Rabbit pellet feed comes in two grades: #16 and #18. Sixteen is a general purpose feed and is sufficient for all bunnies. Eighteen is specifically designed for pregnant and nursing female rabbits. It has more calcium in it, and I wouldn't feed it to my male bunnies for fear of causing some urinary tract issues. We feed all of our bunnies #16, and we supplement, especially during the summer, with foraged and cultivated greens. The rabbits especially love comfrey, clover, raspberry leaf, and dandelion greens.
And hay. Hay is a very important part of the rabbit's diet, and so we make sure they always have access to hay.
The price of feed has been fluctuating wildly for the past four years, but on average, we pay $12 per fifty pound bag, and with our breeder pair and the three other does (which are mostly pets), we go through about a bag a month.
Our doe has had as many as eight kits. More often it's five, which means she gives us twenty babies each year. At harvest, they weigh around five pounds, which is three pounds or so of an incredibly lean, incredibly high in protein meat. On the market, rabbit meat is incredibly expensive, selling for as much as $10/pound. As such, if we sold one rabbit from each litter, that would keep us in rabbit feed for a whole year, and we'd still have enough meat to enjoy at least on meal per month. For the record, though, we do not sell our rabbit meat. My daughters will sell live rabbits, as pets or for breeding ;).
There are a lot of options for heated waterers, but we haven't tried any of those. We just make sure they have water every day, and on really cold days, we make sure to thaw out their water a couple of times a day.
Caria: I think the beer is going to my head a little.
Wendy: It's pretty potent stuff.
Caria: You've certainly given me a lot to think about. I guess my only other question is why you don't keep the rabbits inside during the winter. It seems a little ... I don't know ... harsh, to leave them out in the cold.
Wendy: Well, to be quite frank, rabbits fare better in the cold than they do in the heat. A rabbit's only way to cool itself is through its ears. Heat stroke is a real concern for rabbits when the weather gets hot. So, we use a hutch that has a wire area to allow air flow, but it also has an enclosed area that allows the rabbits to get out of the "weather." During the winter, we make sure they have plenty of water and plenty of hay, which they use both for bedding and to eat.
In the summer, their hutches are in the shade, but we also let them out into a tractor so that they can dig down in the dirt a bit and cool themselves against the earth - but we have to keep an eye on them, because they will dig out and under the tractor and be hopping around the yard.
Of course, rabbits are very territorial, and so they don't go very far, and we can usually get them back into the hutch to protect them from predators, which we do have, even here in the suburbs.
In the winter, when the deciduous trees shed their leaves, the hutches are warmed by the sun during the day.
I appreciated Wendy's candor and willingness to talk about a practice that, in this country, isn't very popular and has had some breeders butting heads with animal rights' activists. Wendy even mentioned that she'd been subject to some pretty harsh criticisms based solely on the fact that she raised rabbits for meat, but that the most rabidly outspoken of her opponents had never even bothered to meet with Wendy, or better, to meet Wendy's rabbits, who looked healthy and contented to this interviewer.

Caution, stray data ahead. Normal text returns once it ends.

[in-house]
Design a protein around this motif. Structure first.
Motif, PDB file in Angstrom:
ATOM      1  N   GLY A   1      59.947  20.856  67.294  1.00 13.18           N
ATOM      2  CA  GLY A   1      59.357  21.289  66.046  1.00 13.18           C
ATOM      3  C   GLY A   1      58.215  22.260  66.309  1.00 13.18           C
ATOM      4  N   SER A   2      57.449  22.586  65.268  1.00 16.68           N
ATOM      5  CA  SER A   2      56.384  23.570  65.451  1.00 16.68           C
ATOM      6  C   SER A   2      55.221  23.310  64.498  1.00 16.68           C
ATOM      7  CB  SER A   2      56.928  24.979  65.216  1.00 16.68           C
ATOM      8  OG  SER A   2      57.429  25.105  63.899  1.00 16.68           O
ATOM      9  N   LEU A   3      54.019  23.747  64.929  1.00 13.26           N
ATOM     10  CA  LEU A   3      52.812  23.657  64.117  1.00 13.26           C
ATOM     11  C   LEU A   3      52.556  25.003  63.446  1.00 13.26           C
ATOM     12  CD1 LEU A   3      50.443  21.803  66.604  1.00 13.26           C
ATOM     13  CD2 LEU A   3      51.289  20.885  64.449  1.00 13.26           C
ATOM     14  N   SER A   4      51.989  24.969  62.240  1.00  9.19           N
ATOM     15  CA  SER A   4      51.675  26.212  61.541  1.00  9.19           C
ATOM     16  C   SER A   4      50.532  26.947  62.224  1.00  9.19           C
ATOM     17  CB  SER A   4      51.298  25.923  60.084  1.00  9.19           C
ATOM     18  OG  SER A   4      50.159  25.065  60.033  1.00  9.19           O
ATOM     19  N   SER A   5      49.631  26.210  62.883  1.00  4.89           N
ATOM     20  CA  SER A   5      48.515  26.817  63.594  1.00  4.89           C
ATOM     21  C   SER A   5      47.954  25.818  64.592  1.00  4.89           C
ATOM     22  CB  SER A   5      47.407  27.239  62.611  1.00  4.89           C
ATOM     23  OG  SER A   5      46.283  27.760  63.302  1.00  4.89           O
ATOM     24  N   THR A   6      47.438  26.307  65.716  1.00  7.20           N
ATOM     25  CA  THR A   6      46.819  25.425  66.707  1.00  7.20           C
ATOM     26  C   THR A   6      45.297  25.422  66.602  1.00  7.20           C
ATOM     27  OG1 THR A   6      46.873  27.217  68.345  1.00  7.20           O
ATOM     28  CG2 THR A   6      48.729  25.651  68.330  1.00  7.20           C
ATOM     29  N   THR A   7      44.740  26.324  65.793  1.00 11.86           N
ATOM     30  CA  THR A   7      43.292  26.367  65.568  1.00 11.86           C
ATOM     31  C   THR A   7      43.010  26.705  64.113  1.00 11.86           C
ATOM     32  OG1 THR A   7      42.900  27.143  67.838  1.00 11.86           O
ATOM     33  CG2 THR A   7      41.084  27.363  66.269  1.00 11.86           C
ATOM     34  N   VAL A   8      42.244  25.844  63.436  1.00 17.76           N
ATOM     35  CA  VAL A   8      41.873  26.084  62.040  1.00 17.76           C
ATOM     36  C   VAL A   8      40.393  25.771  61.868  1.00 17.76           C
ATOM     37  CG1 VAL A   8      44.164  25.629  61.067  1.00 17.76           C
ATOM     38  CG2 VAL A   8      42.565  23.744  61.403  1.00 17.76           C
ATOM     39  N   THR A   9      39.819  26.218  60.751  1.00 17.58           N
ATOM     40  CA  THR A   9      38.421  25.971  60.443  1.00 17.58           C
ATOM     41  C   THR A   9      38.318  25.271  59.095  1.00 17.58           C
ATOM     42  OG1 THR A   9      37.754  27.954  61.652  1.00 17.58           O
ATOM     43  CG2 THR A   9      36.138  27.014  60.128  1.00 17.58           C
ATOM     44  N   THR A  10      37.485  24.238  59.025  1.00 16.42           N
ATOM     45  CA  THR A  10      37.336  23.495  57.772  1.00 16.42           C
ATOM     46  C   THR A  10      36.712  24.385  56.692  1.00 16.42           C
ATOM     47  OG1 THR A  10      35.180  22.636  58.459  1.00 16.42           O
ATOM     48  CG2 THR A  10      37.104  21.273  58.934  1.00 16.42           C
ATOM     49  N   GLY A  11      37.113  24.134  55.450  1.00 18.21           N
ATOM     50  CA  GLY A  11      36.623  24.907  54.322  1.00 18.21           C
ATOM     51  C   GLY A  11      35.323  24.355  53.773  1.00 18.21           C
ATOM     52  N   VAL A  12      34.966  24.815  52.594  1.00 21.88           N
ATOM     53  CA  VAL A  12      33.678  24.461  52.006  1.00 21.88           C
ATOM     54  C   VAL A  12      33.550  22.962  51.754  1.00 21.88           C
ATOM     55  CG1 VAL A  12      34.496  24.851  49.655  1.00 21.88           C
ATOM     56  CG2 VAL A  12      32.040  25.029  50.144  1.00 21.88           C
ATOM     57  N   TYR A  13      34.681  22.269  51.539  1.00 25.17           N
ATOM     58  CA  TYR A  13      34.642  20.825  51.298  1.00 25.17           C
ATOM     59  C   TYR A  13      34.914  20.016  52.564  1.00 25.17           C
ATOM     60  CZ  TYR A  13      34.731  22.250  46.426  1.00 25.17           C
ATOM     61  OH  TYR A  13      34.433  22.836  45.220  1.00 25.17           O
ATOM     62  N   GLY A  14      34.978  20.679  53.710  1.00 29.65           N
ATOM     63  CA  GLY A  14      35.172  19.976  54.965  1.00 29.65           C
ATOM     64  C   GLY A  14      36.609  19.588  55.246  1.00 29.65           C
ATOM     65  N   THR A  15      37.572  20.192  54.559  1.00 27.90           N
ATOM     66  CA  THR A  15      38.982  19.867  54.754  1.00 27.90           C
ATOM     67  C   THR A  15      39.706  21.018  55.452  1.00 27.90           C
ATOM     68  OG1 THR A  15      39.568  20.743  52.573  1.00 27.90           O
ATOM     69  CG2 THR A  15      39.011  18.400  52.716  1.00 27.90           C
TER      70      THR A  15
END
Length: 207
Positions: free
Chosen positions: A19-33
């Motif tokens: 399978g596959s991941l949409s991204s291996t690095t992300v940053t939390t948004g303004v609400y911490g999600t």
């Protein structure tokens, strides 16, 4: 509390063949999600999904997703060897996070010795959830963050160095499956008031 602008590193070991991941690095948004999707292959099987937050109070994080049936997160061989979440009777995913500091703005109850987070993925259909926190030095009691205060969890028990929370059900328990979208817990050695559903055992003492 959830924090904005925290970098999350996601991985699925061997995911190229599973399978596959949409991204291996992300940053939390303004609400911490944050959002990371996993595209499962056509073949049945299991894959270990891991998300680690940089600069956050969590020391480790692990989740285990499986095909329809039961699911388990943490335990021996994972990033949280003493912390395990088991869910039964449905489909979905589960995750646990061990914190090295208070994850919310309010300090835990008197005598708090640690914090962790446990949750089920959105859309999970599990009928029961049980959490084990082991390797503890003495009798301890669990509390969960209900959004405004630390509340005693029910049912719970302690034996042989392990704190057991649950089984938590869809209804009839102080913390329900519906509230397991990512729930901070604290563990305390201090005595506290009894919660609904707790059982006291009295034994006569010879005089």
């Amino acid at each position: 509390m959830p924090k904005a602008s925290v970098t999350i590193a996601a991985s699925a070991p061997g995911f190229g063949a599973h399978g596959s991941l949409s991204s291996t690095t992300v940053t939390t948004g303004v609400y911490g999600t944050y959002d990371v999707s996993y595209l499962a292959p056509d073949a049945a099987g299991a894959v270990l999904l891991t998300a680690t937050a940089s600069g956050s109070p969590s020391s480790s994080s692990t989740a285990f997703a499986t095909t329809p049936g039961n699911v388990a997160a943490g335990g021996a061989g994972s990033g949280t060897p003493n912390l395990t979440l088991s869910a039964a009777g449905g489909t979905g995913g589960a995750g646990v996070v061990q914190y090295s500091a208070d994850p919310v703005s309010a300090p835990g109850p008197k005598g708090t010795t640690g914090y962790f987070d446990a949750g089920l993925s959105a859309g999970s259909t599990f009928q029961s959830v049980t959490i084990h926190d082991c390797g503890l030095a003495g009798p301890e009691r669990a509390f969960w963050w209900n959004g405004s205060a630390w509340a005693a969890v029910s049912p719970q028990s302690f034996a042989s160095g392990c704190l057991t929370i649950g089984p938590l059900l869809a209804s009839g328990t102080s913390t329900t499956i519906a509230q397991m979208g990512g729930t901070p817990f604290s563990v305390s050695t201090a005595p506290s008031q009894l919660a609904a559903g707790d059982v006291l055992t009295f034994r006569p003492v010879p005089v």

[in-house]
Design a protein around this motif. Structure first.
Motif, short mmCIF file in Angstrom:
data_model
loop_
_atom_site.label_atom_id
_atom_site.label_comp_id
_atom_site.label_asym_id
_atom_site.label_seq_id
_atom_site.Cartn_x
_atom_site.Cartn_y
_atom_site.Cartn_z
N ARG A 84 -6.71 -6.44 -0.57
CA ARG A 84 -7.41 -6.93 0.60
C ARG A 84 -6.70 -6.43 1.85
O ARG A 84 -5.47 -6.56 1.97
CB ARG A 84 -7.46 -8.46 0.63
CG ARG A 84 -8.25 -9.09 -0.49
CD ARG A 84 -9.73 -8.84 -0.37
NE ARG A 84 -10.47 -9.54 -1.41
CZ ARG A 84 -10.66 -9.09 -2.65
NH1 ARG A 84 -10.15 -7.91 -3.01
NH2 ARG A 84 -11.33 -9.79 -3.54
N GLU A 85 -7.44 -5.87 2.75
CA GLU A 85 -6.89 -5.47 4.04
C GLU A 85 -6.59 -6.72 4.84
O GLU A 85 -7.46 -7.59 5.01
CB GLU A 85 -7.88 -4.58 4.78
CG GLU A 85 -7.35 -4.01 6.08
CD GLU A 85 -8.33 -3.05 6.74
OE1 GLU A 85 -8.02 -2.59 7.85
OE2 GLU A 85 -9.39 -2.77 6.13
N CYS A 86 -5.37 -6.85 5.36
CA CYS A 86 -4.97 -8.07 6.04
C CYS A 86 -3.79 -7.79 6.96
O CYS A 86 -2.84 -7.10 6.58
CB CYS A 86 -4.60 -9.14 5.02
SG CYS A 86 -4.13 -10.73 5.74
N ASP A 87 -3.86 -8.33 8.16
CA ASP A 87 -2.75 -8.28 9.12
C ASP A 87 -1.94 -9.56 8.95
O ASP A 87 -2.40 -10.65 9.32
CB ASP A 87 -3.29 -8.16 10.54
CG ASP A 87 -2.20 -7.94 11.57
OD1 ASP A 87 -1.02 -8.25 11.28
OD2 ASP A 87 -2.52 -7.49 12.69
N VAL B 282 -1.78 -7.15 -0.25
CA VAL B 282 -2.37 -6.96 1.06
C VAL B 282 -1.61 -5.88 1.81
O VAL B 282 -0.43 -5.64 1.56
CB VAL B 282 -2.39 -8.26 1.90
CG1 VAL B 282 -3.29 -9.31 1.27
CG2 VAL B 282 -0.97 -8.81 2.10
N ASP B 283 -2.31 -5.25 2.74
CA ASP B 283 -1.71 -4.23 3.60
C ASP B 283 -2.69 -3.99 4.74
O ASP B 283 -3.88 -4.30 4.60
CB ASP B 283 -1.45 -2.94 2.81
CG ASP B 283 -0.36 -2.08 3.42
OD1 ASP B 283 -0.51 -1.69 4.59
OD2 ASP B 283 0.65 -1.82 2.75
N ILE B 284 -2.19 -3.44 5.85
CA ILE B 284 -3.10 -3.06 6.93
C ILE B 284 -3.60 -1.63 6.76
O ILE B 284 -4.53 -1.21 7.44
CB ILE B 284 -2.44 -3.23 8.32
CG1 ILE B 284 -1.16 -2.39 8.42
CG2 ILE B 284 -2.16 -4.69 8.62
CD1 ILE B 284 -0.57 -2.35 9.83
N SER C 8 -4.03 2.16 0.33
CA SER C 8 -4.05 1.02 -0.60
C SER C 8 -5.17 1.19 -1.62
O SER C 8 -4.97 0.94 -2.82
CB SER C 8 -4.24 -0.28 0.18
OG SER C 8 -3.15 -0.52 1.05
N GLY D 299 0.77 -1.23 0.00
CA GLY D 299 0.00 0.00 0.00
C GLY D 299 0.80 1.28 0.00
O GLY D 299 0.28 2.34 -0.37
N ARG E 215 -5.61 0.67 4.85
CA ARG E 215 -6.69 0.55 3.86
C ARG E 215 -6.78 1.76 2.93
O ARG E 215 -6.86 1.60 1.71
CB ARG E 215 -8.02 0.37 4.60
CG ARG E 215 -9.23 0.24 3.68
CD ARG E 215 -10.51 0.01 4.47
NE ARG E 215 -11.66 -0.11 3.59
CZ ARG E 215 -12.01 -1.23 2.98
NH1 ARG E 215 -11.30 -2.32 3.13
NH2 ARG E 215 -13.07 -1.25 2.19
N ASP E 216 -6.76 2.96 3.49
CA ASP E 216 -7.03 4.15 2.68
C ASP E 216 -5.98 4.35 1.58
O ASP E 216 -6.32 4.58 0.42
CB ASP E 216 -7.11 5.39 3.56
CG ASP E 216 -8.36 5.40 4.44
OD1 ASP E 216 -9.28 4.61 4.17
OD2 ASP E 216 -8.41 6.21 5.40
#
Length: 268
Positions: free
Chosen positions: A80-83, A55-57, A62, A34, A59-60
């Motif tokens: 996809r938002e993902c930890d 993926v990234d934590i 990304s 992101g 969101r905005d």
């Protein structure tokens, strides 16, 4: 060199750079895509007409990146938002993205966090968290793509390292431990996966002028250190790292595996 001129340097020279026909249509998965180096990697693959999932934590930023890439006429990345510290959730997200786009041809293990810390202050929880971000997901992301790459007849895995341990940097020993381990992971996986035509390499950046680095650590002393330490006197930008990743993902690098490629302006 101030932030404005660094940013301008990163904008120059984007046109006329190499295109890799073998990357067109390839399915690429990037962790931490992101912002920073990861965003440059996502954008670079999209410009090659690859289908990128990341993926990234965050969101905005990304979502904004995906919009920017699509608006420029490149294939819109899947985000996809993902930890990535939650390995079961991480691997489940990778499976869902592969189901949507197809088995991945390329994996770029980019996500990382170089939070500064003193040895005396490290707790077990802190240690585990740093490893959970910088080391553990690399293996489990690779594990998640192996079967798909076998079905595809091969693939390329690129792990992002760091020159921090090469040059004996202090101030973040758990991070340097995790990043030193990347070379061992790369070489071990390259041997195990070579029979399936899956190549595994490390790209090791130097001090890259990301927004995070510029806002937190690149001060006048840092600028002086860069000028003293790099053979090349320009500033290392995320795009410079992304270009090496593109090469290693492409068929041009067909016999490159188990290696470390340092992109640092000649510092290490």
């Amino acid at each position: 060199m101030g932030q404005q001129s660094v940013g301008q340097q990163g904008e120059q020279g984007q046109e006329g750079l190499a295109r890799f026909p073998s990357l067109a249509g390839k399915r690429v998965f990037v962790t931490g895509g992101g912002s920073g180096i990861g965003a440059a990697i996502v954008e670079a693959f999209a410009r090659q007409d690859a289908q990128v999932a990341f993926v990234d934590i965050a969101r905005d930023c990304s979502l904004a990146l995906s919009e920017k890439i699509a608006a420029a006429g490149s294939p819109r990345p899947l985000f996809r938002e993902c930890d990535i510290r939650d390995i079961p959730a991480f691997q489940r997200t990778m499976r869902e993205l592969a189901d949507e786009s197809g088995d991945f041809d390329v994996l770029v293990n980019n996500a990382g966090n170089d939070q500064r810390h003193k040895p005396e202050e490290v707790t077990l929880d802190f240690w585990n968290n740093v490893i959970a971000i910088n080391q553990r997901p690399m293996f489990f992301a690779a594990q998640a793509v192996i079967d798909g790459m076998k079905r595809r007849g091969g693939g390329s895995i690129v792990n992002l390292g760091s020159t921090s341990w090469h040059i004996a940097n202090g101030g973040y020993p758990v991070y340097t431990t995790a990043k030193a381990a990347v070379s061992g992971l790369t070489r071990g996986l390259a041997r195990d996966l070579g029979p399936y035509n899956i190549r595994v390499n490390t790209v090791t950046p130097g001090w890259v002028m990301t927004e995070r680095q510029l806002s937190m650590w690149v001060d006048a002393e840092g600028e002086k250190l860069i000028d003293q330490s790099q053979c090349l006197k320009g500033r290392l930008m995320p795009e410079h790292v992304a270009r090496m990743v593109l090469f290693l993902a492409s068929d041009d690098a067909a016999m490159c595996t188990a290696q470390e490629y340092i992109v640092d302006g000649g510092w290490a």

In the end, while I'm not, necessarily going to run out and pick up a breeder pair and start the process myself (we didn't talk about what Wendy so gently referred to as the harvest, but for anyone considering rabbit raising, that must be part of the dialogue, better sooner than later), I was thankful that there are mindful people out in the world who are willing to put their necks on the proverbial chopping block to preserve a practice that might well be what saves our lives in this changing world.
As Wendy expressed, we need to take charge of our own food production. We simply can not depend on a system that is failing. Too much of our world is food insecure, which means there are a significant number of people who don't know where their next meal is coming from ... or even if there will be a next meal.
And worse, many of those people aren't in some Third World country living in a refugee camp. Many of them are our neighbors, who have a nice house and a big backyard and plenty of room to grow something other than annoyed at the system.
Rabbits don't take up a lot of space, don't cost a lot to raise, and provide an incredibly healthy alternative for those who choose to eat meat. For the person who is trying to provide most of his/her calories with a very limited space, rabbits are the best choice for meat production.
But Wendy says she's learned a lot from her rabbits, and they're more than just a meal. They are an integral part of the diverse landscape on which she is raising her family and building her life.
*Thanks to Steve for starting the dialogue. I hope I answered your questions :).